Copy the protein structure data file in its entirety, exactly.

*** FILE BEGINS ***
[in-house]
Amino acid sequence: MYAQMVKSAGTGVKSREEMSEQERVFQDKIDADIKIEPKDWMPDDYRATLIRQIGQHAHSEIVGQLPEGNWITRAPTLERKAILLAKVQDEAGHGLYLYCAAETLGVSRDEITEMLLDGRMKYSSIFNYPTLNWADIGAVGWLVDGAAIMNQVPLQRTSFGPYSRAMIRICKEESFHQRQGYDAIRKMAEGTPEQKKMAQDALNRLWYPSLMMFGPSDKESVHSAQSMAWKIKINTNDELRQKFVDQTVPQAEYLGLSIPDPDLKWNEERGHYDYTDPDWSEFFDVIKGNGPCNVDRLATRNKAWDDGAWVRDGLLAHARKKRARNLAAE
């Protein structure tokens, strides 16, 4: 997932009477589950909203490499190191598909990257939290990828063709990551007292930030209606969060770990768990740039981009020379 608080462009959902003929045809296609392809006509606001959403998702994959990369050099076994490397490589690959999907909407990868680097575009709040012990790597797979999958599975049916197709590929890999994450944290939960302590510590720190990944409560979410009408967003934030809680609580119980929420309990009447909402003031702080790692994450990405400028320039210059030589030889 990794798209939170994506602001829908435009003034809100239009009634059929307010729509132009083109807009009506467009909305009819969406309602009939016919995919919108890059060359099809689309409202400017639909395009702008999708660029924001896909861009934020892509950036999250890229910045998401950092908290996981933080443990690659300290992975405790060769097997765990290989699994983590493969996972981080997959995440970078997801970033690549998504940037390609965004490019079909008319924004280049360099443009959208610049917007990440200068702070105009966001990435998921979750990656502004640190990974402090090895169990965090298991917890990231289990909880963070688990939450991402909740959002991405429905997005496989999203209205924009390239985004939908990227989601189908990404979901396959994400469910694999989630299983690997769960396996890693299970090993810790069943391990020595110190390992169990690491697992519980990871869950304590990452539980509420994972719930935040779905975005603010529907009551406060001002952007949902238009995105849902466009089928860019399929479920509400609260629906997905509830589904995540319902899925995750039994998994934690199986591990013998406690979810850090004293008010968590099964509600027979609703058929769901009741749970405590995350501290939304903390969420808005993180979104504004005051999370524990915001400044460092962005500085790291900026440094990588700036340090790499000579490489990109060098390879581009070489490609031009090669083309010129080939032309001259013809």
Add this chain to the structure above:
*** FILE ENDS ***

[in-house]
Amino acid sequence: MYAQMVKSAGTGVKSREEMSEQERVFQDKIDADIKIEPKDWMPDDYRATLIRQIGQHAHSEIVGQLPEGNWITRAPTLERKAILLAKVQDEAGHGLYLYCAAETLGVSRDEITEMLLDGRMKYSSIFNYPTLNWADIGAVGWLVDGAAIMNQVPLQRTSFGPYSRAMIRICKEESFHQRQGYDAIRKMAEGTPEQKKMAQDALNRLWYPSLMMFGPSDKESVHSAQSMAWKIKINTNDELRQKFVDQTVPQAEYLGLSIPDPDLKWNEERGHYDYTDPDWSEFFDVIKGNGPCNVDRLATRNKAWDDGAWVRDGLLAHARKKRARNLAAE
């Protein structure tokens, strides 16, 4: 997932009477589950909203490499190191598909990257939290990828063709990551007292930030209606969060770990768990740039981009020379 608080462009959902003929045809296609392809006509606001959403998702994959990369050099076994490397490589690959999907909407990868680097575009709040012990790597797979999958599975049916197709590929890999994450944290939960302590510590720190990944409560979410009408967003934030809680609580119980929420309990009447909402003031702080790692994450990405400028320039210059030589030889 990794798209939170994506602001829908435009003034809100239009009634059929307010729509132009083109807009009506467009909305009819969406309602009939016919995919919108890059060359099809689309409202400017639909395009702008999708660029924001896909861009934020892509950036999250890229910045998401950092908290996981933080443990690659300290992975405790060769097997765990290989699994983590493969996972981080997959995440970078997801970033690549998504940037390609965004490019079909008319924004280049360099443009959208610049917007990440200068702070105009966001990435998921979750990656502004640190990974402090090895169990965090298991917890990231289990909880963070688990939450991402909740959002991405429905997005496989999203209205924009390239985004939908990227989601189908990404979901396959994400469910694999989630299983690997769960396996890693299970090993810790069943391990020595110190390992169990690491697992519980990871869950304590990452539980509420994972719930935040779905975005603010529907009551406060001002952007949902238009995105849902466009089928860019399929479920509400609260629906997905509830589904995540319902899925995750039994998994934690199986591990013998406690979810850090004293008010968590099964509600027979609703058929769901009741749970405590995350501290939304903390969420808005993180979104504004005051999370524990915001400044460092962005500085790291900026440094990588700036340090790499000579490489990109060098390879581009070489490609031009090669083309010129080939032309001259013809």
Add this chain to the structure above: